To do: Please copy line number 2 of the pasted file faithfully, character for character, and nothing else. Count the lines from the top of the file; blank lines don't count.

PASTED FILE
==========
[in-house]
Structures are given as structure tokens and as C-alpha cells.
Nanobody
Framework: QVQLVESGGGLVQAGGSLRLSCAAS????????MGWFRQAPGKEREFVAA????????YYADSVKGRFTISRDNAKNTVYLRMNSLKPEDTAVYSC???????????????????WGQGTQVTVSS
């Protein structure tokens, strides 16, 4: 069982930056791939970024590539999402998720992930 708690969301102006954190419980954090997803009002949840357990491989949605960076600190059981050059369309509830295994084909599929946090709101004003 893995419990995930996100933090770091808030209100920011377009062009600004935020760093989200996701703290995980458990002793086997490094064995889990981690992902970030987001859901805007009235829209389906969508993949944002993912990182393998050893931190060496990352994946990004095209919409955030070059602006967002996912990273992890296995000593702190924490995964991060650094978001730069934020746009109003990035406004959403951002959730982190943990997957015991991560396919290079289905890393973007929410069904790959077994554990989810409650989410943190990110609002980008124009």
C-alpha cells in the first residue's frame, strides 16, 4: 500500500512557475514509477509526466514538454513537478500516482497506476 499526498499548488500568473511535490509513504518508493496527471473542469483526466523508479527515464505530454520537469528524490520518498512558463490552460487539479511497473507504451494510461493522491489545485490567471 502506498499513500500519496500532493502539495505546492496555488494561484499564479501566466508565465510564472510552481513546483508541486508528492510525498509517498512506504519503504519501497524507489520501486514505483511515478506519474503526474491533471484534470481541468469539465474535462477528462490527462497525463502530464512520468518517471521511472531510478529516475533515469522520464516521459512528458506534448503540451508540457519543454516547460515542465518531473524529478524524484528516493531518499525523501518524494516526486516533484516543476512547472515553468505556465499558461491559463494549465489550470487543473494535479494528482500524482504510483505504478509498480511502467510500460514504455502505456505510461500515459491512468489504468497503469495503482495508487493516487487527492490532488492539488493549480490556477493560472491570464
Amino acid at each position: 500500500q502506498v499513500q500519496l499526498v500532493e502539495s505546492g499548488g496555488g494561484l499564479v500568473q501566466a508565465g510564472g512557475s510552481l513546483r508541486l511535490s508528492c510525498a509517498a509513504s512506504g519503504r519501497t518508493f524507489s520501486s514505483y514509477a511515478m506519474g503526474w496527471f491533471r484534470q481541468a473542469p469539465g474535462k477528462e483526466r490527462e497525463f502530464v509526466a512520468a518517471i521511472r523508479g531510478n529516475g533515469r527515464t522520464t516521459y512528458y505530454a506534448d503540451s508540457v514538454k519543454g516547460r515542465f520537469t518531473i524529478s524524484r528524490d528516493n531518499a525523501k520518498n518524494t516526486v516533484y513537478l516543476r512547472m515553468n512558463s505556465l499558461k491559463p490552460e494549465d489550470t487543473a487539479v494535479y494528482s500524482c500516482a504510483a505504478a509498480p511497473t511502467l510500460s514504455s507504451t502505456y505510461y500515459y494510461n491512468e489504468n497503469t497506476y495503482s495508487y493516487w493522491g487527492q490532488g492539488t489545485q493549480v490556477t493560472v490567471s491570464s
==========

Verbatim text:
Structures are given as structure tokens and as C-alpha cells.